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os x What is going to happen after OS X 10.9?

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Posted

I don't think they will drop the X from the name, it's an integral part of the brand name.

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Posted

It

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Posted

And then what? They still have to give it a version number ending up with iOS X v10.x(x) all the same. ;)

History will repeat itself, honoring the success of Mac OS X :

iOS X 10.0 Cheetah

iOS X 10.1 Puma

...

iOS X 10.8 Mountain Lion

The last one will be out in 2026 according to my secret Apple source and after that, operating systems will be so perfect that they won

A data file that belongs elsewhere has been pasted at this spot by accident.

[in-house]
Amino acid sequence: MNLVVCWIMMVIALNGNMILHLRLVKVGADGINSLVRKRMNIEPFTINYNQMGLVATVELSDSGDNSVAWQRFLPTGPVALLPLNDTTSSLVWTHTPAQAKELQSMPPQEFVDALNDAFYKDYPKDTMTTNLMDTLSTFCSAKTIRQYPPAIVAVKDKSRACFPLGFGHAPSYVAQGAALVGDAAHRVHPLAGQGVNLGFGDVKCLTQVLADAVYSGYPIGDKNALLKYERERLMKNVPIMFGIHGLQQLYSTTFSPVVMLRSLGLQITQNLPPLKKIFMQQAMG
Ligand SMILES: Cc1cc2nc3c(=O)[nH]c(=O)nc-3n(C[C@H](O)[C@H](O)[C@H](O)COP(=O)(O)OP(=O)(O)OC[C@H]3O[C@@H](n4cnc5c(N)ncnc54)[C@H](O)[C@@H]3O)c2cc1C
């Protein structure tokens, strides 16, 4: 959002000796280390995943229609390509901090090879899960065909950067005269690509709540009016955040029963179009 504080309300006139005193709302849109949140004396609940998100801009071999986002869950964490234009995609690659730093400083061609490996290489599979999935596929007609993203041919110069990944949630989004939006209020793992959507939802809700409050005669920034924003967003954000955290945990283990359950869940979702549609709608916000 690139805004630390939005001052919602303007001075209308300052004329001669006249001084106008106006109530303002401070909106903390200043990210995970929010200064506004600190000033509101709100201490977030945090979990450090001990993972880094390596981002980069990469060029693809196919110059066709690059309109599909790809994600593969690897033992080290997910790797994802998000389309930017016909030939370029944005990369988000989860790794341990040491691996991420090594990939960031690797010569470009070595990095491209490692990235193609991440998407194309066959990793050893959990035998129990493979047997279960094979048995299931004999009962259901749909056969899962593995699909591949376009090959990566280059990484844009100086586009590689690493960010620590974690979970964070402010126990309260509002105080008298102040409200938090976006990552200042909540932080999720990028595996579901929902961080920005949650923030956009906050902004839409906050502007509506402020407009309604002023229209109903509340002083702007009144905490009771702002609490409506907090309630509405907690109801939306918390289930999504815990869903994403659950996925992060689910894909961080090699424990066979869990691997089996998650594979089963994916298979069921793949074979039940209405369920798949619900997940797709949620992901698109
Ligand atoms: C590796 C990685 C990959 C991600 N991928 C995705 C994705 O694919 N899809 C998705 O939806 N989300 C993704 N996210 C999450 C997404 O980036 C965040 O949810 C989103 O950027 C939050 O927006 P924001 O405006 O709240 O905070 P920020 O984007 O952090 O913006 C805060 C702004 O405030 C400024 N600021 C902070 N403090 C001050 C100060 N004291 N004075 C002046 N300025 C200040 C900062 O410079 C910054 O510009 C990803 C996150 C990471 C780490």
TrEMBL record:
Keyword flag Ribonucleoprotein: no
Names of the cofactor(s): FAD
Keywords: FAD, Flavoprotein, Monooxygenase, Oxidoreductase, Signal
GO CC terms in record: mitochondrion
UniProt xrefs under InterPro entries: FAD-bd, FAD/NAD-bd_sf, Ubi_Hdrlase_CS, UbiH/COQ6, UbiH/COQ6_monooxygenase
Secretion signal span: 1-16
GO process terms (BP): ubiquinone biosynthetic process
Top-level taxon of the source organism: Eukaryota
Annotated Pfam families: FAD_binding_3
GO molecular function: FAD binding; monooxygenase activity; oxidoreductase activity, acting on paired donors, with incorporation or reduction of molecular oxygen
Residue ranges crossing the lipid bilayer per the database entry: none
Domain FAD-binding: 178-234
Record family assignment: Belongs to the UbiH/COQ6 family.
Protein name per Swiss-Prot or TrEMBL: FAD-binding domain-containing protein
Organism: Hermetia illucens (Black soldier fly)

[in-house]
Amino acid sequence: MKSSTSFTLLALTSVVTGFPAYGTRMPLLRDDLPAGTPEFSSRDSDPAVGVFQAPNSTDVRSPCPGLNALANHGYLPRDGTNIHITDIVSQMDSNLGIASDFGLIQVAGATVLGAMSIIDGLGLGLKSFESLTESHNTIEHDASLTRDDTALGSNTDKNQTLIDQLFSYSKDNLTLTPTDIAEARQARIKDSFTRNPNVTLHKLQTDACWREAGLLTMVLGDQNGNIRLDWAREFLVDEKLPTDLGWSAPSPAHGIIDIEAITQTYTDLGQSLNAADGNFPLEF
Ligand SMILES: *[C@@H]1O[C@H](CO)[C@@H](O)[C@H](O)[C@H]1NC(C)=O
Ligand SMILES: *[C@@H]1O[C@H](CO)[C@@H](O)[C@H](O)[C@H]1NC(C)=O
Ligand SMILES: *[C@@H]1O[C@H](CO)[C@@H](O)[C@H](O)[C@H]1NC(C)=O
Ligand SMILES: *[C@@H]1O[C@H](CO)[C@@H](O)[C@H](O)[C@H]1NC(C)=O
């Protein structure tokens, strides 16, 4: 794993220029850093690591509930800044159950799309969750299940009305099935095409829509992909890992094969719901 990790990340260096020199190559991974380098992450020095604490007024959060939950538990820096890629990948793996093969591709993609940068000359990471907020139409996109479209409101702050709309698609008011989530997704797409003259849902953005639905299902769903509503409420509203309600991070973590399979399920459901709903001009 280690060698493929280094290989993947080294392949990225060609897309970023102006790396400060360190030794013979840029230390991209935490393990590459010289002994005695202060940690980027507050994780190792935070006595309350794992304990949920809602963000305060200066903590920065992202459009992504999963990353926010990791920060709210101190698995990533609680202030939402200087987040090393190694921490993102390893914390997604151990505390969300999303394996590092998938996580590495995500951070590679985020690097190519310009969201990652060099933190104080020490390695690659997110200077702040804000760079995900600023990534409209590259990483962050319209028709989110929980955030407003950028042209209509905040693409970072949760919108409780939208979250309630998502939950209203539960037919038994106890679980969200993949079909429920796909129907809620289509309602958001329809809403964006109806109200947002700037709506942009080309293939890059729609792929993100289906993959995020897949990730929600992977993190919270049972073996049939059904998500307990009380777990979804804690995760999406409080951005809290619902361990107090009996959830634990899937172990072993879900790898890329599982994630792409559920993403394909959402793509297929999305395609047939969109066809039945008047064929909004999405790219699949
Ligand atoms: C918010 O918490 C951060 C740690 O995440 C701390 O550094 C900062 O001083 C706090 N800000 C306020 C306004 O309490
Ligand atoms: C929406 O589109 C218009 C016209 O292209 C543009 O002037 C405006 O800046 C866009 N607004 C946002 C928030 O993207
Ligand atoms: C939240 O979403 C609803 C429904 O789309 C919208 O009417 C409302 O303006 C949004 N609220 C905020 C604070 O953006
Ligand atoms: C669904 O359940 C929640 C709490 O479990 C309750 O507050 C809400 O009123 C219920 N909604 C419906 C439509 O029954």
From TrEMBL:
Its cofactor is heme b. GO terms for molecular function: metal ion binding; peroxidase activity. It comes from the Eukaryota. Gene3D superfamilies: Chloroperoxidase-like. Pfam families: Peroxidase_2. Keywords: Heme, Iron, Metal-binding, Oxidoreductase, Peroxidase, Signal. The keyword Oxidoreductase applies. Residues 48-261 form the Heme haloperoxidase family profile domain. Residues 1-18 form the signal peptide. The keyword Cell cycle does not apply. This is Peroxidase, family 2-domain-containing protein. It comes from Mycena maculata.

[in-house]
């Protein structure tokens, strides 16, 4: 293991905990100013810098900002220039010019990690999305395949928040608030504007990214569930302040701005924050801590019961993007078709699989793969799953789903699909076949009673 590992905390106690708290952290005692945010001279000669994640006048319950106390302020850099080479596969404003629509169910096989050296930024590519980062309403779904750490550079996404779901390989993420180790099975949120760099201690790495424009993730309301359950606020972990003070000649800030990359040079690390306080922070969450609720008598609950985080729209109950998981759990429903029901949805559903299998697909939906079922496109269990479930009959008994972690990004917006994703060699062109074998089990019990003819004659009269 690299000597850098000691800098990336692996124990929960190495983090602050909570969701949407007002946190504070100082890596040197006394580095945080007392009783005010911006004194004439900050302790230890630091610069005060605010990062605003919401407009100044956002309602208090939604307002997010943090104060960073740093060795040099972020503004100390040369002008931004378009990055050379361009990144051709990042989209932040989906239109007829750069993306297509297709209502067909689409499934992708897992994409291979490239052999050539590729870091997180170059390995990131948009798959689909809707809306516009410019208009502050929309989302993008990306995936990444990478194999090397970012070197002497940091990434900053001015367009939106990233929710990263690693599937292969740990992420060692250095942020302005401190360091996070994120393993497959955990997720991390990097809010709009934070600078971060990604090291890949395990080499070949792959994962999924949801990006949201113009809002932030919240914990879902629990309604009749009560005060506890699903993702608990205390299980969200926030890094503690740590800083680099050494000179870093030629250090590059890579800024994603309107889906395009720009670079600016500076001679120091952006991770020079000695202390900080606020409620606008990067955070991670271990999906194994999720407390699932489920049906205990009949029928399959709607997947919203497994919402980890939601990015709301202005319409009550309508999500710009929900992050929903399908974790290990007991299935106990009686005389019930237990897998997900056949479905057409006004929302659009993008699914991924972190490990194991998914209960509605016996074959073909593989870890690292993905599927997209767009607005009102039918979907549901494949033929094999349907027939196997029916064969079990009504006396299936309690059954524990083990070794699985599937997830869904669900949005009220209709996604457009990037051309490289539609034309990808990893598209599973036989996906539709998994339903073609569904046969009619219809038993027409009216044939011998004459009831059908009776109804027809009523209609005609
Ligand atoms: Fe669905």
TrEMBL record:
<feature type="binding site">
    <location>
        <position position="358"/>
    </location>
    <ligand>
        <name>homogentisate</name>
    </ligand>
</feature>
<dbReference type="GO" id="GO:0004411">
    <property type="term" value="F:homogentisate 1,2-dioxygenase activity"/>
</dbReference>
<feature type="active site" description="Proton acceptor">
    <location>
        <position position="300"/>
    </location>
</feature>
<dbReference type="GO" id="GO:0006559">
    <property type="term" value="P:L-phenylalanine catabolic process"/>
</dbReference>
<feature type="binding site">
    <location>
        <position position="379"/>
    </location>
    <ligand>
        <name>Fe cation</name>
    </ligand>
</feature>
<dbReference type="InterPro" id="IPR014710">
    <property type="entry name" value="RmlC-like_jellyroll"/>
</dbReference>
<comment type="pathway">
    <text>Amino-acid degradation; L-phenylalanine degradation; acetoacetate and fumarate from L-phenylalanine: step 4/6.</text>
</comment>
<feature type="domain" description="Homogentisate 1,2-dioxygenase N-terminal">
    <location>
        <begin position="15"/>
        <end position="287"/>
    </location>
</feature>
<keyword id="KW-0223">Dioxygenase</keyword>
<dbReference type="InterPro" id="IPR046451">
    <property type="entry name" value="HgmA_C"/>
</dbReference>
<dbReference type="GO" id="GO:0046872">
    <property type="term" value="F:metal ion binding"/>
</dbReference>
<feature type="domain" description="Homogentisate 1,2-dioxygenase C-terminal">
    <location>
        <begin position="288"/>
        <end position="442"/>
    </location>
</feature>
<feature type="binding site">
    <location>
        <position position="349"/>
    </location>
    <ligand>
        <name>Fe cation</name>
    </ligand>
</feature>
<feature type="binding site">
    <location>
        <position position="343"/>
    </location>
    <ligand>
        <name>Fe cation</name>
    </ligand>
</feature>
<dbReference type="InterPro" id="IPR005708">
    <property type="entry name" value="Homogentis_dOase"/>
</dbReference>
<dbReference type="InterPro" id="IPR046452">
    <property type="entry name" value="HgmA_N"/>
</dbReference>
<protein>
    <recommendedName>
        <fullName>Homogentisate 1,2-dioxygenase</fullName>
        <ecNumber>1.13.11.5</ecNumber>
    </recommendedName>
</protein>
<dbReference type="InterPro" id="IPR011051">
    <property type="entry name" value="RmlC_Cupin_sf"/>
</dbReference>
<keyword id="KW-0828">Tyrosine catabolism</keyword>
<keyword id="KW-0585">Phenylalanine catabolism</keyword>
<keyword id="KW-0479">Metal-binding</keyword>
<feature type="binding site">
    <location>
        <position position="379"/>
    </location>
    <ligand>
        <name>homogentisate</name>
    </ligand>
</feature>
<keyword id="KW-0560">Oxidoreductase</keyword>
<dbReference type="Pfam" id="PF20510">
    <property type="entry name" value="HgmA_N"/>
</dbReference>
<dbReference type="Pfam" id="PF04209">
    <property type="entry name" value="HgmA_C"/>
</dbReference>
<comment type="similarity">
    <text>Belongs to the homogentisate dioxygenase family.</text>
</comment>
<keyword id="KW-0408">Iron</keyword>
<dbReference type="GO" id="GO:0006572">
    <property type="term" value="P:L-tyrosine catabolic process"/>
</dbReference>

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Posted

OS11. I felt they wanted to do OSX cuz 10 is a special # so it deserves Roman numerals... f***, I don't know!

X was probably an inside wink to NeXTSTEP. OS X and iOS are direct descendant of NeXTSTEP.

However, at the end, its all about marketing.

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Posted

the way everything is going now... it's going to become iOS.

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Posted

No real reason they couldn't do OS X 10.10. And it seems like it's probably going to happen, as Apple is apparently going back to a yearly release cycle for OS X development.

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Posted

History will repeat itself, honoring the success of Mac OS X :

Well, at least we'll know what to expect.

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Posted